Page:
Company Share “Buybacks” – A Plague On Wall Street

Buybacks become a real plague on Wall StreetBuybacks become a real plague on Wall Street

There is a habitual practice on Wall Street of companies buying their own shares to reward shareholders who hold them, and at the same time give a bonus to top executives.

The origin of the practice is to avoid paying taxes on dividends. In theory shareholders can be rewarded via dividends or buybacks, but there is no tax on the latter, so that makes it interesting.

It should be said that this activity uses “second hand” shares, not issue shares, so they don’t appear in GDP as they don’t add gross added value. It’s a mere exchange of ownership for money of something which was already issued. And like many stock market activities, it doesn’t create wealth but distributes it.

That said, it’s become a real plague on Wall Street. Whatsmore, with the recent decline in the stock exchange, it has got worse as the lower share prices are, the more economical the buyback is. Buying back shares makes them go up, so the shareholder’s portfolio is revalued. The company can redeem them or use them to pay a bonus to top management.

It’s difficult to find the pure economic sense of a buyback. As we can see in the graphic below:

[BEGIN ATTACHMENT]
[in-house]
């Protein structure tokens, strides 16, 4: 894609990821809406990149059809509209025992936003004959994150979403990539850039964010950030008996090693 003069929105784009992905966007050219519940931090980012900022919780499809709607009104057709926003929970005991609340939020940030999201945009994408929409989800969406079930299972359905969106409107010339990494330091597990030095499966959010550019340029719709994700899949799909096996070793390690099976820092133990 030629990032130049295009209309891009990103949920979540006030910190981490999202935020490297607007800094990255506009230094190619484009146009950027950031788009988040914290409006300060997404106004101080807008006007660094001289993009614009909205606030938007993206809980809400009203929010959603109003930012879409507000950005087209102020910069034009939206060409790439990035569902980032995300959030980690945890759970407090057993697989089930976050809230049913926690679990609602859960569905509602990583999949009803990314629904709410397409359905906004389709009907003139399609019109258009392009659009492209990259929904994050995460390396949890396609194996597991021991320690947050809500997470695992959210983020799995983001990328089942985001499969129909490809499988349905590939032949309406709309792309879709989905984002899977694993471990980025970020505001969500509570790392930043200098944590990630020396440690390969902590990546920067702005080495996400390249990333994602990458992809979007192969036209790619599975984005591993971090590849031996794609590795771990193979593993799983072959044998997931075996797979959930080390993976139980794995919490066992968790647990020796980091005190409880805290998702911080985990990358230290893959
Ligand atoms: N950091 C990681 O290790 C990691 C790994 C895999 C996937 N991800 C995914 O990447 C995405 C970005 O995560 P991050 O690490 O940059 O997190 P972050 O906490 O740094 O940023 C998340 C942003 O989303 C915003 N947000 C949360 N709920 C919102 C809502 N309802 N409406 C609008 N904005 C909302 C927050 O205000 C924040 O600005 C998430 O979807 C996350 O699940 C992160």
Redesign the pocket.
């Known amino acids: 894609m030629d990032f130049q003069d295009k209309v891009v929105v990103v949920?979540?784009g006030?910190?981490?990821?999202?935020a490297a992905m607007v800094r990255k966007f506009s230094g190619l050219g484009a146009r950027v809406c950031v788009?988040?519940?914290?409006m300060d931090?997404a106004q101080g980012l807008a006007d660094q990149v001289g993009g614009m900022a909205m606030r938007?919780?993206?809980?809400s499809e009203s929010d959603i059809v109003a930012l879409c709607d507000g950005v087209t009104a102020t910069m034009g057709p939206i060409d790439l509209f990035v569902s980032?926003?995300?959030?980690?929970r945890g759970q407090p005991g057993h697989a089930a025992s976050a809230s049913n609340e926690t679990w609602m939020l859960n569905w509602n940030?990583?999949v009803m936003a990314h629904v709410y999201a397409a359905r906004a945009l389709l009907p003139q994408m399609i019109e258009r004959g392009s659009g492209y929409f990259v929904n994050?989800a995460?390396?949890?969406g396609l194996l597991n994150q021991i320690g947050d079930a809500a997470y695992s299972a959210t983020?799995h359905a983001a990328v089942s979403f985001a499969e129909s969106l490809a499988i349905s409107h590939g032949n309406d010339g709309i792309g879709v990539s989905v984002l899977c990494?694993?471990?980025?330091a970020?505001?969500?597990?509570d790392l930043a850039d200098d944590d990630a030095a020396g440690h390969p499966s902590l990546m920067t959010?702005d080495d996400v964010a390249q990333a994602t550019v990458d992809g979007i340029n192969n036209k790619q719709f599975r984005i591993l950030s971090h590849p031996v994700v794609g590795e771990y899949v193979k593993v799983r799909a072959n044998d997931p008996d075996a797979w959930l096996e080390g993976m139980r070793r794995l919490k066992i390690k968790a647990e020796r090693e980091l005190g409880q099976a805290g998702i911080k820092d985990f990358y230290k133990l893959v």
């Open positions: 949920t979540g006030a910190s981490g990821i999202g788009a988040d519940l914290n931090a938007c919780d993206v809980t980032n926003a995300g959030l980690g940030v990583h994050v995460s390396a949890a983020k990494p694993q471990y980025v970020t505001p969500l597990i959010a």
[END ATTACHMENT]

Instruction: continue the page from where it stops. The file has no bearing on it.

During the stock market rises since 2009, the year when GDP in the US began to recover, we have seen slow and deliberate increases in GDP (Green) and business investment (red), while the market rose to highs, as we all know.

So it begs the question about the real use of buybacks and other activities. They move a lot of money but they do hardly anything for growth and productivity. Perhaps it would be best to balance out the fiscal effect of both forms of rewarding shareholders. Taxing the dividend has a moral purpose I suppose, but doesn’t make economic sense other than to actívate other ways of repaying capital. In any event, the recently announced tax cuts don’t look as if they will have the desired effect of boosting capital investment.

It would be shocking if we didn’t see a boom in investment apart from the roads and bridges which the White House has promised to fix up and manufacture, financing all this with public debt, since taxes are going to decline sharply as we have been told. With a bit of luck, Trump’s plan, like all his plans, won’t fully materialise, and the deficit would be less.


About the Author

Miguel Navascués
Miguel Navascués has worked as an economist at the Bank of Spain for 30 years, and focuses on international and monetary economics. He blogs in Spanish at: http://